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Process Safety Management

The necessity of Process safety management is to prevent fatal accidents from occurring in a process plant affecting equipment and personnel in and around the plant. Unexpected release of toxic, reactive or flammable liquids or gases in industries leads to accidents which in turn creates the possibility of disaster. Using this approach, the process design, process technology, process changes, operational and maintenance activities and procedures, non-routine activities and procedures, emergency preparedness plans and procedures, training programs, and other elements that affect the process are all considered in the evaluation. An effective Process safety management program requires a systematic approach to evaluating the whole process involving chemicals which are hazardous. Hence, the PSM elements stated by OSHA are as follows

1.       Employee participation

OSHA requires employee participation to be followed as written, so employers should create formal plans. It is mandatory that employees - including operation and maintenance be involved in every aspect of the PSM programs. They must also participate in PSM related issue discussion.

2.       Process safety information

According to OSHA’s PSM mandates, “The employer shall complete a compilation of written process safety information before conducting any process safety hazard analysis required by the standard.” In other words, all workers should be able to access and understand the technical data regarding the HHC-related risks they face on the job.

3.       Process hazard analysis (PHA)

One of the most technical elements of PSM, Process Hazard Analysis requires that engineers and maintenance leaders analyze the consequences of safety failures. These analyses must be conducted in teams, and OSHA requires that each team must include one person who is “knowledgeable in the specific process hazard methodology being used.”

4.       Operating procedures

There are plenty of potential chemical hazards following turnarounds and emergency shutdowns, which need to be regularly assessed and companies should have plans to keep everyone safe.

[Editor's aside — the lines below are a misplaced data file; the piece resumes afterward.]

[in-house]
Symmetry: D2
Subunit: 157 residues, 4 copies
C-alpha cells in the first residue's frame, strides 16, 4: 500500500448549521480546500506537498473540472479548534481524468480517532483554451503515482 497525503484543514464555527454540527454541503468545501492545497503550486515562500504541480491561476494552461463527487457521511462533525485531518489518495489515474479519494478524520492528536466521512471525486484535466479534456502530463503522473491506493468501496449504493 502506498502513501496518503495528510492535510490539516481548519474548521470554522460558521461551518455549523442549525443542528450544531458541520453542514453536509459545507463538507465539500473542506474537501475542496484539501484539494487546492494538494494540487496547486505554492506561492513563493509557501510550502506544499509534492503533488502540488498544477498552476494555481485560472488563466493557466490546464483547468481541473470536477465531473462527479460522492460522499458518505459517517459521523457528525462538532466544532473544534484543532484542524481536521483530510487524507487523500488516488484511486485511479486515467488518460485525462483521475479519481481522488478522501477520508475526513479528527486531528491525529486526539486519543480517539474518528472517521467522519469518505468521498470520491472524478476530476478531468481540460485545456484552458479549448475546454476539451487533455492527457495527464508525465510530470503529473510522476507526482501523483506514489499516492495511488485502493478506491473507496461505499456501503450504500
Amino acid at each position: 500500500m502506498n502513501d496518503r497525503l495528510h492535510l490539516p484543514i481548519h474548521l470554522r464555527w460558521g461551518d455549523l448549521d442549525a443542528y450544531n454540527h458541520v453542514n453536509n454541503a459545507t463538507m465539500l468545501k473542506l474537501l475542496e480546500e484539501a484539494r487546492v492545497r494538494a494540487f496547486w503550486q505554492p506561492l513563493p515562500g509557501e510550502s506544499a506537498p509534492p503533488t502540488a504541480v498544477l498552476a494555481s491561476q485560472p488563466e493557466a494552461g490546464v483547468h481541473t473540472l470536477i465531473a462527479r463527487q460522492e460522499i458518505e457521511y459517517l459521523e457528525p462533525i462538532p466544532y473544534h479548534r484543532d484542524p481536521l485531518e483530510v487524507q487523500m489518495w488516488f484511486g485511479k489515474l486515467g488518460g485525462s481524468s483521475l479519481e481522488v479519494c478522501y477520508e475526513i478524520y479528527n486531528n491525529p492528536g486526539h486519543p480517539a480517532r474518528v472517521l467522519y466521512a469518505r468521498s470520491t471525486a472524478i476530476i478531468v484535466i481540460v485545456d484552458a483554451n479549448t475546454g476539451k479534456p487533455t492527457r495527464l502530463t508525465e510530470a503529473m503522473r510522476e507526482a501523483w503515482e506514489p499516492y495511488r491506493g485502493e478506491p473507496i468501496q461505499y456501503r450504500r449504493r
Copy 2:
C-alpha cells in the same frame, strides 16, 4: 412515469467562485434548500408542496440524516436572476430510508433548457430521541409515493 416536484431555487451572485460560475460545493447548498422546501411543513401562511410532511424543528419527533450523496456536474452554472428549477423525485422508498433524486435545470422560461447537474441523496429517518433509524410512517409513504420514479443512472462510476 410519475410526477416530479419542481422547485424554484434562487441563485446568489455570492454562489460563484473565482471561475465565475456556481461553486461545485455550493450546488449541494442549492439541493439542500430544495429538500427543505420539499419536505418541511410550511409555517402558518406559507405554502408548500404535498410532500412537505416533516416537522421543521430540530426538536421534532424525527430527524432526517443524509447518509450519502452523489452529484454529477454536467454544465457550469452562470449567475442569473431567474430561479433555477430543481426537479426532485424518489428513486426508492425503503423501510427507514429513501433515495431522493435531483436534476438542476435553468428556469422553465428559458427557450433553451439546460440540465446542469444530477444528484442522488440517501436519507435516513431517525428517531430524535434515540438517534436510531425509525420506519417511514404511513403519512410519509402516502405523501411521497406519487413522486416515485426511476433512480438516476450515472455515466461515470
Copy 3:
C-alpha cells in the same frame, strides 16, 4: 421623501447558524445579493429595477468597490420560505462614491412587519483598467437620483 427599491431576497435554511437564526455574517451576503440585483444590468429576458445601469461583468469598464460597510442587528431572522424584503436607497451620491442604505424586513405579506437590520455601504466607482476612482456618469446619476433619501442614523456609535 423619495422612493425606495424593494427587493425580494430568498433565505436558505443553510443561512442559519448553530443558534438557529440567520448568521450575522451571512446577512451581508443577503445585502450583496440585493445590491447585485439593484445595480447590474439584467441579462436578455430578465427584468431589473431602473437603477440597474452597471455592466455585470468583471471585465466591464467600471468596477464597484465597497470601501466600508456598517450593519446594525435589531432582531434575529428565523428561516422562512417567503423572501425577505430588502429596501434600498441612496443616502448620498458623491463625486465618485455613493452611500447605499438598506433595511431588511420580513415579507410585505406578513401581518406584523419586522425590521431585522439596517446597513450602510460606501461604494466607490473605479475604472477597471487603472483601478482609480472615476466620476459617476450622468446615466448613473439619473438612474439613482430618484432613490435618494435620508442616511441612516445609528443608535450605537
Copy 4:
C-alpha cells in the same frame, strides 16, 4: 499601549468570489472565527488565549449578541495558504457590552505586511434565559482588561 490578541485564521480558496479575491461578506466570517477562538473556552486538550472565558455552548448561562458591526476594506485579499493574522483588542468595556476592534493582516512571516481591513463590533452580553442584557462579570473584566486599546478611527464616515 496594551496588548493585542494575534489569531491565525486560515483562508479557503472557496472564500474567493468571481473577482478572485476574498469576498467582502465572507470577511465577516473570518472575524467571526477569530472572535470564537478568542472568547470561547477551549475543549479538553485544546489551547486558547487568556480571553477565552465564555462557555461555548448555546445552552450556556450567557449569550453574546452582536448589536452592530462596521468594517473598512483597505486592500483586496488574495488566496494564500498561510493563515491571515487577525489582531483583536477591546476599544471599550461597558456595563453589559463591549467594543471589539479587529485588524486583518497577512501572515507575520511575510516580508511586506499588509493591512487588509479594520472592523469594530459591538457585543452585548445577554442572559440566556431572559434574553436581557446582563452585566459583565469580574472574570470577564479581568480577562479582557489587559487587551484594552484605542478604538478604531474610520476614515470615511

5.       Training

Workers involved in processes with hazardous chemicals need to be trained in an efficient and competent manner from a reliable source and also be well aware of safety procedures to be followed. The training should be a well-documented one.

6.       Contractors

All employees and contractors must be well informed with the risk they are exposed to in the workplace. They must be well trained and aware of all precaution and measures to be taken.

7.       Pre-startup safety review

OSHA expects employers to perform pre-startup safety reviews for both new and modified facilities. This rule applies even if the procedural changes only affect a single component or process.

8.       Mechanical integrity

  • Periodic, documented inspections are required for several systems, including:
  • Pressure vessels
  • Storage tanks
  • Piping systems
  • Ventilation systems

The employers or contractors conducting these inspections must not only be officially trained, their testing procedures must follow “recognized and generally accepted good engineering practices,” according to OSHA.

9.       Hot Work permit

The employee must possess permit when exposed to high heat environment and working with heat. Training must be provided and state these documents as when and required.

10.   Management of Change

In the process safety management standard, change includes all modifications to equipment, procedures, raw materials, and processing conditions other than "replacement in kind." If the operator finds any change in the operating parameters, a review and approval by a written management of change procedure to be followed.

 11.   Incident investigation

This is usually done to avoid mishaps from recurring by learning from past experiences. The incidents OSHA expects employers to recognize and to investigate are the types of events that resulted in or could reasonably have resulted in a catastrophic release. These events are sometimes referred to as "near misses," meaning that a serious consequence did not occur, but could have happened.

12.   Emergency planning and response

Emergency preparedness need to be inculcated in all employers and always be alert of the sudden mishap which can lead to major accidents.

13.   Compliance audits

An audit is a technique to gather all information to verify compliance with standards. It is always beneficial to retain the recent audit reports for ready reference.

14.   Trade secrets

To enhance worker safety and safe working environment, the “trade secrets” helps employees know the work environment and the hazards they will be exposed to.

The intent of PSM is to ensure that we perform our processes in a manner that is consistent with safety in all operations, engineering, and maintenance tasks that are conducted involving HHCs.

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